Computing Essentials for Social Scientists: Day One
Jon Atwell & Christopher Skovron
June 18, 2018
- Program Requirements
- What is data science? What do we hope to get out of this?
- Python vs R
- What you need to know to succeed with data science
Let’s get to know one another
- Michigan PhD, 2017 - Sociology
- Studies the emergence of culture and norms
- Expertise: Python, text methods, agent-based modeling, experiments
- Michigan PhD, 2017 - Political Science
- Studies public opinion and what people believe about it
- Expertise: R, statistical modeling, causal inference
We expect from you
- Sustained commitment to integrating data science methods in your research
- Be a resource for your colleagues, both students and faculty
- Be flexible, open to struggling and learning new things about yourself and your research
- Three sessions this week
- At least four additional sessions. Intro R and Python count as two sessions.
- Optional but suggested to attend afternoon practice sessions for workshops.
- Participate in future data science programming put on by Data Science Initiative
- Jon and I will be mentors
- We aren’t here to debug but will help you strategize and find resources
- Research Computing Services is another source of support
What is data science?
- the analysis of data ¯\(ツ)/¯
- Naur, “Datalogy” (1974)
- Was proposed that statistics rename itself to DS (1997)
- Today’s use comes via computer science (Classification Society conf. 1996)
What does it mean in practice today?
Everything and Nothing, IOHO
What do LIDAR and Tweets have in common?
- Only data scientists!
Ok, sophisticated processing and analysis algorithms too
Ok, what does it mean in the academy?
- New data sources and types
- Non-regression-based quantitative empirical analytical approaches.
Why are we here?
Business got more serious about analytics
Northwestern Data Science Initiative definition
- New analytic methods
- New sources
- Defined relative to what has historically been typical in disciplines
New data sources
- Text, tweets
- Experiments conducted online, in the field at scale
- More technical data used to analyze social behavior: satellite lights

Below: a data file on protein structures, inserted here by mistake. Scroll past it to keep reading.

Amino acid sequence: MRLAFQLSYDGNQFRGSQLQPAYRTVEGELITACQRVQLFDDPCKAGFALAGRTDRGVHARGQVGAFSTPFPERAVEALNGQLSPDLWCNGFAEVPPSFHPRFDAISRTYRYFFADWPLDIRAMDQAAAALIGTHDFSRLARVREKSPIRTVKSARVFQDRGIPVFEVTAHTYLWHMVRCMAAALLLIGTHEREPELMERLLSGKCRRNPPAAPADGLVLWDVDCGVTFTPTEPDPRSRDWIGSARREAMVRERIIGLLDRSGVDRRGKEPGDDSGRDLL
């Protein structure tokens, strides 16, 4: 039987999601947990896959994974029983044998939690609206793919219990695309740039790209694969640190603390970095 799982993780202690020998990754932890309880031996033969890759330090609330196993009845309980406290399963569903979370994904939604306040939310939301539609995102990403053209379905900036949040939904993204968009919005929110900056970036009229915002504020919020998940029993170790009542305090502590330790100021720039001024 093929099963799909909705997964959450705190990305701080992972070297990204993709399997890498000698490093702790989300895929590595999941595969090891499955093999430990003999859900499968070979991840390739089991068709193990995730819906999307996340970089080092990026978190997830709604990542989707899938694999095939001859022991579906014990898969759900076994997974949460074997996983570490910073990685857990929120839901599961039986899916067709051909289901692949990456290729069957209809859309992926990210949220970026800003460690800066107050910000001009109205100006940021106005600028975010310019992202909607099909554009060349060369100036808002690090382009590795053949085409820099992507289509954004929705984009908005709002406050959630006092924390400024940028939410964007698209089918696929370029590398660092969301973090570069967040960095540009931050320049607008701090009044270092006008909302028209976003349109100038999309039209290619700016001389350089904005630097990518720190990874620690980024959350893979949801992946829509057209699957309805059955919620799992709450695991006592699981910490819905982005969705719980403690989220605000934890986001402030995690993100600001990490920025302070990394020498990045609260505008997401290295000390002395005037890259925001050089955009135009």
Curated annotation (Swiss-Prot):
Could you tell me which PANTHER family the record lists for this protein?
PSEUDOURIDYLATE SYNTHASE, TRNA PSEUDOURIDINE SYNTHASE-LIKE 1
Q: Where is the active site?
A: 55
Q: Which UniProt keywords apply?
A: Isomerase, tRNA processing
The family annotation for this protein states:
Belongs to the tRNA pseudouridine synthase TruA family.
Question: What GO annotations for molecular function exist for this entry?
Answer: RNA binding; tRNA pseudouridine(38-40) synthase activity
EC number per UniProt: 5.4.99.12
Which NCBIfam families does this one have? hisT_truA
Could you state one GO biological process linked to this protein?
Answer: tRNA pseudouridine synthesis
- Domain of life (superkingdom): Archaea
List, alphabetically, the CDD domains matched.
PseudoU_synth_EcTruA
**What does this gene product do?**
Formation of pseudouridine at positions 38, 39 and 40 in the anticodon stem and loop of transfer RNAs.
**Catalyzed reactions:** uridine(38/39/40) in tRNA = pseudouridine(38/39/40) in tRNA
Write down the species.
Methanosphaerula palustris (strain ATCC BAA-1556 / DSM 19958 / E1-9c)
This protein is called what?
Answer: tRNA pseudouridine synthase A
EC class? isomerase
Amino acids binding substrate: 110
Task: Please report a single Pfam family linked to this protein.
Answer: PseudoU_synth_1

- A plethora of new text methods
- Machine learning methods
- Fine-grained measurement (geolocations, etc)
- Surveys are bigger and more frequent
- People leave more traces of themselves online
- We can observe social behavior using new technologies
Beware the hype
- People have incentives to play up how fancy their data and methods are
- Important to keep a critical eye to whether people are being honest about why they use the data they do and the method they do
- Don’t become a data science supremacist
- OLS is often just as good and orders of magnitude simpler than fancy methods!
- It’s important to have a good bullshit detector when working in this area
Pitfalls for inference
- As social scientists, we need to remember that using new data science tools doesn’t remove or obligations to do good research design
- Bigger data or more computationally intensive approaches also present new challenges for transparency
- Just because you have the full population doesn’t mean you can speak to causality, etc
- Big data doesn’t always mean your findings are generalizable
CESS students were chosen because
- You already show creativity and promise in your research projects and ideas
- Many of these projects could benefit from data science approaches
- You don’t already know all the things we are going to teach
Working together is a key
- CESS is a community of students facing similar challenges and opportunities
- Working collaboratively on programming requires some vulnerability, but community is essential
- You should work on getting comfortable with asking peers for help
- You should share what you know and tricks you pick up with peers and with faculty
Python vs R
Where do you fit in DS?
or, What you need (and don’t need) to know to thrive using computational tools
or or, Relax and focus on what you need
Part 1: The professional angle
Academic research or industry?
- You aren’t effectively preparing for the latter here
- Transition is getting harder
- Both can be great, or terrible
- Breiman, 2001: “Two Cultures”
Supervised vs. Unsupervised
- Supervised => You know values of dependent variable(s)
- Unsupervised => You don’t
Specified model vs blackbox
- Orthogonal to supervised vs. unsupervised
- High predictive power
- more diversity of generating mechanisms the reg.
- easily overfitted
- can be blackbox
- Lack groundtruth
- define probablistic model/generative process
- harder to overfit
- can be blackbox
Do you need supervised models?
- Regression models, of course!
- Classification? umm, probably not
Do you need unsupervised models?
- text as data!
- clustering, yes
Part 3: The good (academic) programmer angle
No one knows it all, so relax
- Be comfortable in that
- But don’t stop learning!
Wrong emphasis: Efficiency
Why? (more on Day 2)
- clocktime vs human scale
- but complexity matters.
Wrong emphasis: Succinctness
- Compactness often isn’t good
- (See the translation process)
Correct emphasis: Scientific question
- lead with questions, not methods
Correct emphasis: Reproducibility
- organized so others can reproduce result
- but working code not the same as. ..
Correct emphasis: Replicability
- logic of code is clear
- via comments and other documentation
- via properly expressive code